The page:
That being said, Goetia's relatively high puzzle difficulty is kind of refreshing in the same way something like Fez was. The game does a fine job collecting your protagonist's thoughts in a journal - including a form of side-quests which usually leads to more lore - so you never lose the thread of one particular questline, though it's often recommended you have a pen and paper ready for the occasional code or password that the game won't remember for you. The game also opens up shortly after breaking the first of the demonic seals, allowing the player to take on the next four seals in any order they wish. These alternative paths also serve as breaks if the player becomes stuck in one place and is starting to feel mentally taxed: if you're stymied by one course, there are three others to dig into, and you'll occasionally acquire new ghost powers like the ability to trace where a possessed object's been that may provide new hints for these stumpers. It's a well-considered branching structure that does its best to avoid "bottleneck" roadblock puzzles, though you'll probably still bump up against some real humdingers that might need some trial and error to solve.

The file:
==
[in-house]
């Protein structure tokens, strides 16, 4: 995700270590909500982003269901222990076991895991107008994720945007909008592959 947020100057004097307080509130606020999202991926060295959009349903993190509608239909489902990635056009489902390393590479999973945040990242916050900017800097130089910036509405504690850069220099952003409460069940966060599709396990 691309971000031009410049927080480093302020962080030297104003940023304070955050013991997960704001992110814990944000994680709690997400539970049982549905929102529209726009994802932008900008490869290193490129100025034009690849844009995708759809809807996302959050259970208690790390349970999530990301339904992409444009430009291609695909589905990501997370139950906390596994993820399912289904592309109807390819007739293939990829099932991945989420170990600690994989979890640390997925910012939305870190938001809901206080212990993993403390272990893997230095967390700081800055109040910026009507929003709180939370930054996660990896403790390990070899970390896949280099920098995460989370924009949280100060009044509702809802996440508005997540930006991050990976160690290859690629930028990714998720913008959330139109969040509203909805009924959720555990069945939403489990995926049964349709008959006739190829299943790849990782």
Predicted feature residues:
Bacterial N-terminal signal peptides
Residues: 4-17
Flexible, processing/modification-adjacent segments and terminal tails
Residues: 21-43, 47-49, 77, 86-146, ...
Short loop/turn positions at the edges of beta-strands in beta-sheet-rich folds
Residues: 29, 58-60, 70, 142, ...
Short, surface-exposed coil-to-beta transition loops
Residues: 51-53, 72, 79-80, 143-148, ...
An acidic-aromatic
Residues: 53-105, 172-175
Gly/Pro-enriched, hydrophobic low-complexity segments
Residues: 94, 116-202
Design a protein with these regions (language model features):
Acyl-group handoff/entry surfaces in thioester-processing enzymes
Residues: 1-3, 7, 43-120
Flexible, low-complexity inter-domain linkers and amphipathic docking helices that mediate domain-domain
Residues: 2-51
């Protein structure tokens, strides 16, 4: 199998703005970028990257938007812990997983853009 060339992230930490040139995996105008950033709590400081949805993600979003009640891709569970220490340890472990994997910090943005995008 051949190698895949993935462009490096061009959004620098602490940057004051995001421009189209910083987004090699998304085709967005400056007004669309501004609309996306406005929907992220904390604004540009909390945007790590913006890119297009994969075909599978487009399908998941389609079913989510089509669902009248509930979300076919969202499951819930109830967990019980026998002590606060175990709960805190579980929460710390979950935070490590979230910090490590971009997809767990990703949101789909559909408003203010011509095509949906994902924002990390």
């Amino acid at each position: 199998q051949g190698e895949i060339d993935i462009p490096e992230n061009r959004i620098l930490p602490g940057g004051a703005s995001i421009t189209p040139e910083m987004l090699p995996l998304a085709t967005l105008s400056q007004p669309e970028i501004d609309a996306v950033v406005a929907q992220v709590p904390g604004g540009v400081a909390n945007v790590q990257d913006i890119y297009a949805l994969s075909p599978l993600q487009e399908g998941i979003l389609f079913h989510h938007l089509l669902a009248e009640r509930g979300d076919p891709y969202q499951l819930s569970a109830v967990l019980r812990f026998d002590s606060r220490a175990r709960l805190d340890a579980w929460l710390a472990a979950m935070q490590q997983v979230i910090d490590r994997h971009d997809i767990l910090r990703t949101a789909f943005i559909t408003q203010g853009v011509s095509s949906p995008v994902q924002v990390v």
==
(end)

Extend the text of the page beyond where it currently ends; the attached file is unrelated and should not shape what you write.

The other aspect I appreciate about Goetia is how unhurried it feels. You have all the time in the world to explore the mansion and its surrounding areas, read its texts, solve its mysteries, and absorb the atmosphere. It's not like the heroine is getting any older, and some of the environments are very photogenic to float through in spite of their eeriness. There's also some neat concepts for area designs, like a maze of enchanted photographs that move from layer to layer like the movie Inception, or a formerly bustling village left abandoned by the advent of war. The lack of any actual supernatural peril might be disappointing to some (not too dissimilar to Gone Home, in fact) but it's a game far more interested in striking an unsettling tone and letting you ponder its enigmata than it is forcing you to jump through hoops because one of your home's resident demons decides to chase you around for something to do. If you don't mind your adventure games a little on the languid and challenging side, Goetia might be worth summoning up.

Rating: 4 out of 5.

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#1 Posted by BobDobbsJR (52 posts) -

I am really glad you wrote this review, I had noticed this game in my Steam library and had assumed (based on the thumbnail and font) that is was some cheap bundle game that had magically appeared. This game really looks like it is worth giving a try.

Thanks for your insights.